Are you making the most
of your money?

If you're not the savviest of savers, allow us to run through some of the options available, so you can ensure your savings are working as hard as possible for you...

Savings, interest rates, investments…..not the most exciting of topics right? But it is important. You may have got some savings behind you, but are you really making the most out of what’s in the bank?

If all of your money is locked up in a savings account, it’s unlikely to be yielding the highest returns. Low interest rates are plaguing savers in the current climate; and if returns are really low, there’s a risk of inflation chipping away at your savings.

So, if you want to make the very most out of your savings, here are some other options to consider:

iconConsider opening an ISA

First up, you could open a cash ISA – if you haven’t already, that is. Unlike standard savings and current accounts, ISAs offer tax-efficient ways of saving (thank you very much). But there’s an annual cash deposit limit, which stands at £15,240 for the 2016/17 tax year which you can use to pay into a cash ISA, a stocks and shares ISA or combination of the two.

For greater gains (but more risk – you may lose some or all of your money), you could consider a stocks and shares ISA, where your money is invested in things like company shares, investment trusts or Government bonds. Then there are Flexible ISAs, which allow you to take money out and replace it tax-free (in the same tax year) as well as Help to Buy ISAs for first-time buyers.

If you’re looking for a better chance of higher returns, you should consider longer-term investments. Barclays’ 2015 Equity Gilt Study, which monitors UK asset performance, suggests that the longer share-based investments are held, the greater the chance they will outperform cash-based investments. Across an 18-year period, there was a 99% chance of shares outperforming cash; this dropped to 68% across a 2-year period.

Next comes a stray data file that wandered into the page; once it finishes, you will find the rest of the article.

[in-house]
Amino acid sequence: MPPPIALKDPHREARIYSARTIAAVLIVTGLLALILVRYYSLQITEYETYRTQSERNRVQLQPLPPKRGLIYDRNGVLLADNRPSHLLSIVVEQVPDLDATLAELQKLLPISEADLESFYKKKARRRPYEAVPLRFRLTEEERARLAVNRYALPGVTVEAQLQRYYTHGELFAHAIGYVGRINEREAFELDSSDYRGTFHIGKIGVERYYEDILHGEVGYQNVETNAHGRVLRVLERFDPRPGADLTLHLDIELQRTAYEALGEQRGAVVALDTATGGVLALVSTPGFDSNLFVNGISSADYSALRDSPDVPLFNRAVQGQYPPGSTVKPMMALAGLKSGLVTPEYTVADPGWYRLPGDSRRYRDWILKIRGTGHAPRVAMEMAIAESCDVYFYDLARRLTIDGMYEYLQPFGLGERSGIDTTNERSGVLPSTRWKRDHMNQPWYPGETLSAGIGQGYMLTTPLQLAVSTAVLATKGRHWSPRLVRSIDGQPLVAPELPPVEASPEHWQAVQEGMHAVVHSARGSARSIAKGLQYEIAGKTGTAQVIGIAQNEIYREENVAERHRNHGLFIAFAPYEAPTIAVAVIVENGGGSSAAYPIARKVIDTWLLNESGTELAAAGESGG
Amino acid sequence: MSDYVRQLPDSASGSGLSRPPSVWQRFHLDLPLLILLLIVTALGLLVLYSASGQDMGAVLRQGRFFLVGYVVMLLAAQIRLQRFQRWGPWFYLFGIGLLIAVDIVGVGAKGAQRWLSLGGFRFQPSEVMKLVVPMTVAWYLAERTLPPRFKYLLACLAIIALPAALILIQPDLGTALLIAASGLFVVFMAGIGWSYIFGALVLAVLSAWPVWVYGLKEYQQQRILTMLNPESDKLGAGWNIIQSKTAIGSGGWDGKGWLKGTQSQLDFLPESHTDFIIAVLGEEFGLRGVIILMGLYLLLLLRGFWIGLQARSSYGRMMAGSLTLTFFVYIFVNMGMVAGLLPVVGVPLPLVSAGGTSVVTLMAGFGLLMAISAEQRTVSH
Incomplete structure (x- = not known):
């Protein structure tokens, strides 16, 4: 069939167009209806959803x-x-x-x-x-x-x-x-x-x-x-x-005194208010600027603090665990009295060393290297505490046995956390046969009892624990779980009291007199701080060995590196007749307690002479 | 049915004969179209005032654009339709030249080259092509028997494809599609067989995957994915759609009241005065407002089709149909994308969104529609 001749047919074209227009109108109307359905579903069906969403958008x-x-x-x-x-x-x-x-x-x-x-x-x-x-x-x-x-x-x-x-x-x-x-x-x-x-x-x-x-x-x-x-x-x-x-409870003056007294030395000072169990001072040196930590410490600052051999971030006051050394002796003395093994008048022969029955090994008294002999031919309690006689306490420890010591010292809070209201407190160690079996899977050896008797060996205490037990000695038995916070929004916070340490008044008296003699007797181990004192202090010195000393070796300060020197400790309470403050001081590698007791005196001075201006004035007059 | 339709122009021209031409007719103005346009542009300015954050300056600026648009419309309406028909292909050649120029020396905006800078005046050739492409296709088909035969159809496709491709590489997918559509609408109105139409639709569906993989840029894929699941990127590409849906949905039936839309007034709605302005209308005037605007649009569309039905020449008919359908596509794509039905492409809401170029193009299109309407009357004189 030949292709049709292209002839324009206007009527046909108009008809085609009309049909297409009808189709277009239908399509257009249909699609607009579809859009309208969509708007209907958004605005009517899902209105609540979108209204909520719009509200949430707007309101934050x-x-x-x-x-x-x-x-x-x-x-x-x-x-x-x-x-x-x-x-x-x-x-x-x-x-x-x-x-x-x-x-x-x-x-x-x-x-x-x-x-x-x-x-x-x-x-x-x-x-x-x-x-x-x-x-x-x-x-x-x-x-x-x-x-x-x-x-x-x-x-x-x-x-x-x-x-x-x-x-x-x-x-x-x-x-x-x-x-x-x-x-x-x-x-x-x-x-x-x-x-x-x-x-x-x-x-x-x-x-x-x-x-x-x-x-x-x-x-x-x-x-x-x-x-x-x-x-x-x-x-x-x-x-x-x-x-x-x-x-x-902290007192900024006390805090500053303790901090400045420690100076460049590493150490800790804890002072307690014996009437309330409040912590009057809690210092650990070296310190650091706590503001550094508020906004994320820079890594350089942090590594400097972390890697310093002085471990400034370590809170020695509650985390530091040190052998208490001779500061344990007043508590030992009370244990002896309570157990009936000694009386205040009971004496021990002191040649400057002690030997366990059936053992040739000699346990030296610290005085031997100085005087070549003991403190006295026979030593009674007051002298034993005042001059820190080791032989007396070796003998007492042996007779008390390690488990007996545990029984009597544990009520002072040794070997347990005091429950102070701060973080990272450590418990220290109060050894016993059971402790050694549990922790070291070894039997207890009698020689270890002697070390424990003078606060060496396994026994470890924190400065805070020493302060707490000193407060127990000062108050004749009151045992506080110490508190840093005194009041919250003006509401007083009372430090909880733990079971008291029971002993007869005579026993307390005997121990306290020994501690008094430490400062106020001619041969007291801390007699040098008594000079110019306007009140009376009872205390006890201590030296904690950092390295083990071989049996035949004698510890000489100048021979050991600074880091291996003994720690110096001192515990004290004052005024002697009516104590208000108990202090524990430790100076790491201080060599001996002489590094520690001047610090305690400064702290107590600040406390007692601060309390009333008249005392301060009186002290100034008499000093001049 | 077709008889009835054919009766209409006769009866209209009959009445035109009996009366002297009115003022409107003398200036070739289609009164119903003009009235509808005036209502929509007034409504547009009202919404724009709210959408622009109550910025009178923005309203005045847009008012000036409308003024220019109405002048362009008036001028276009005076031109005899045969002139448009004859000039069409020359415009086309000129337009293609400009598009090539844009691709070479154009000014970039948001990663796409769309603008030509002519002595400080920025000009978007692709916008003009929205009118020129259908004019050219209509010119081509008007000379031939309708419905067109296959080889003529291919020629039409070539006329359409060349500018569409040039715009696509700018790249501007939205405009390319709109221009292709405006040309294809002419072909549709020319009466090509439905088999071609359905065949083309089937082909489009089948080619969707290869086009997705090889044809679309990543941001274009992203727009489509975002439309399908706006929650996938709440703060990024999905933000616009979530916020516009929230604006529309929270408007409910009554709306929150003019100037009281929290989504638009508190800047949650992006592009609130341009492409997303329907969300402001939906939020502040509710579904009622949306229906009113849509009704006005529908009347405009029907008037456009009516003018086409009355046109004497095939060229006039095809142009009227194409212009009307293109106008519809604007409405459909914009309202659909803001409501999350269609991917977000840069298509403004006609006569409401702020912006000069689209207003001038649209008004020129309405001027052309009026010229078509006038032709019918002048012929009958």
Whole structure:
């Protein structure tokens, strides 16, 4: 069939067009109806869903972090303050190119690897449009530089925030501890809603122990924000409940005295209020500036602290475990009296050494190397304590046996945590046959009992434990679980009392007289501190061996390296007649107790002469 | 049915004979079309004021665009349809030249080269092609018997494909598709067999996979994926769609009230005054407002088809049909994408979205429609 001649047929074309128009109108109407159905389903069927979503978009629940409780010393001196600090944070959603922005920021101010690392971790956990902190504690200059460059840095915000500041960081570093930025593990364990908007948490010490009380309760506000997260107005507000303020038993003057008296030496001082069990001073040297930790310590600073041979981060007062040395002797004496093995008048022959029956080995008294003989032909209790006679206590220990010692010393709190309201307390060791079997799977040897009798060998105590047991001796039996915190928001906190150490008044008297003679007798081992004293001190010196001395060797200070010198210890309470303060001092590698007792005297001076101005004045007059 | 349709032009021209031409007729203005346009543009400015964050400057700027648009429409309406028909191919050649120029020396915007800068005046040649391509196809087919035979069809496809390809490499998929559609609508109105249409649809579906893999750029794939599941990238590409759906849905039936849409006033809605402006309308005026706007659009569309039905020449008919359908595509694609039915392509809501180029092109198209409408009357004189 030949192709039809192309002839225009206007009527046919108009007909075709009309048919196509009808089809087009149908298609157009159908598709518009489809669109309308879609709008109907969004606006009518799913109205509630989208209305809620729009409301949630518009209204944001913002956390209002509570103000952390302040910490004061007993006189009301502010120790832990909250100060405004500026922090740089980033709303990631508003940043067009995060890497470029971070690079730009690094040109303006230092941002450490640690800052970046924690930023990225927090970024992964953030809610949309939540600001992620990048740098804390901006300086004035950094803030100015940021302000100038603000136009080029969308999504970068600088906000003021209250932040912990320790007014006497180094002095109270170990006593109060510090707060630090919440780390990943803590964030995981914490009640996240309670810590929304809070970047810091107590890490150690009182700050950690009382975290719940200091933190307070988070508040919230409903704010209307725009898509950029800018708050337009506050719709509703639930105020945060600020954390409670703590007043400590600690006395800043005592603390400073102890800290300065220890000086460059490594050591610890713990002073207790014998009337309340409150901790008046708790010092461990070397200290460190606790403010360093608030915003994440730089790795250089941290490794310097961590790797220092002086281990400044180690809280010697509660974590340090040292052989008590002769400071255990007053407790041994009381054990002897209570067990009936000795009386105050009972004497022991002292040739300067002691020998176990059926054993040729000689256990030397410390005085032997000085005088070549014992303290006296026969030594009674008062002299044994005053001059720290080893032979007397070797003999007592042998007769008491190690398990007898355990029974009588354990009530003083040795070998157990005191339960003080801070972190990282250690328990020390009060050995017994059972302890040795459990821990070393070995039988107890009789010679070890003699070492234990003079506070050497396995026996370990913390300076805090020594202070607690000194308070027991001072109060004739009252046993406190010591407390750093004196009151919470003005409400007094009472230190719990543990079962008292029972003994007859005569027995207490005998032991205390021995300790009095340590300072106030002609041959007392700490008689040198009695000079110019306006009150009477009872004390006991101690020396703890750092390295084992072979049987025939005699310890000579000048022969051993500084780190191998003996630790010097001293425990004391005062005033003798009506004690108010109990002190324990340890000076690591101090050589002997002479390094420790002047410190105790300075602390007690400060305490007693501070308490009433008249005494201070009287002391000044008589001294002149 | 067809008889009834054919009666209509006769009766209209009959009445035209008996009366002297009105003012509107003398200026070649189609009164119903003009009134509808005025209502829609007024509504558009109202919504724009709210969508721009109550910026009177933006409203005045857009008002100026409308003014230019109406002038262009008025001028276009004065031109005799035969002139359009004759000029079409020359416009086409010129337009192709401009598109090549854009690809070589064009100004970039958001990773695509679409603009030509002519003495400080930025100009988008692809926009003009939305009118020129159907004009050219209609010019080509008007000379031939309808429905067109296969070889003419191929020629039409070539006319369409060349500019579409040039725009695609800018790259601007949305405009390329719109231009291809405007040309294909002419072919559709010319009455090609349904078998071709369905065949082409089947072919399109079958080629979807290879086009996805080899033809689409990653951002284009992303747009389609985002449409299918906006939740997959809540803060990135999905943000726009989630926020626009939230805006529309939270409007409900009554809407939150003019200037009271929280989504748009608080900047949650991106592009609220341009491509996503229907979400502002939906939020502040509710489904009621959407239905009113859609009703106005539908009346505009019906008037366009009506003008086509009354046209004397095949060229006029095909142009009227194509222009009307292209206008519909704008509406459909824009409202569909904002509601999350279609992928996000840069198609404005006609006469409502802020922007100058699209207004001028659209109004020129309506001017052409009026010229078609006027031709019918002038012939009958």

Your best option will depend on your financial situation, and the level of risk you’re willing and can afford to take on. The value of Stocks and Shares ISAs can go down and you may get back less than you invest.

iconGot an ISA? Then use your allowance!

One step ahead of us? Very well. But are you reaping the full benefits of your ISA? Apparently just 16% of savers are, revealed a Barclays study conducted in March 2016. According to the results, savers are losing out on nearly £1 billion in ISA earnings a year by not taking advantage of their Cash ISA allowance. Unlike the lotto, your allowance won’t rollover, so you have until 5 April 2017 to save as much as possible.

iconShop around

Frugality is one of your finest attributes and you’re always on the hunt for the best deals, whether it’s car insurance, a phone contract, or a toilet roll multipack. But are you equally as scrupulous with your savings? If you opened an account through your bank because it was the easiest thing to do, then you could be missing out. Bone idleness doesn’t pay off in this biz; shopping around, and comparing a range of deals, is the only way to guarantee the biggest bang for your buck.

iconSave regularly

Save regularly and you may be rewarded with high rates of interest – sounds good, huh? If you commit to always banking some dosh on payday, some current accounts offer up to 5% in annual interest, MoneySavingExpert* explains, provided you meet certain requirements, for example paying in a minimum each month and, more often than not, an upper limit on the amount you can save. It’s a good way to develop good spending habits but you need to be dedicated – i.e., you need to stick at it longer than your New Year’s resolution to benefit.

iconConsider a tracker account

Ever felt hard done by by a provider that didn’t pass on interest rate increases? To avoid a repeat, you could consider opening a tracker account. It’s exactly what it says on the tin: an account that tracks the Bank of England base rate and kindly passes on rises to savers.

iconBeware of the bonus

A provider lured you in with an unbeatable introductory offer, but now that offer is nearing its end. At this point, you should consider parting ways. It won’t be an emotional farewell, at least not for you anyway, as you may be able to take advantage of a better deal elsewhere. Jot down the dates of when any bonuses end in your diary. That way, you’ll know when to start scanning the market for the next offer.

We’ve based the information in this article on our understanding of HM Revenue & Customs practice as at November 2016. Tax rules are subject to change in the future and depend on your individual circumstances.

*We're not responsible for the content of other websites.


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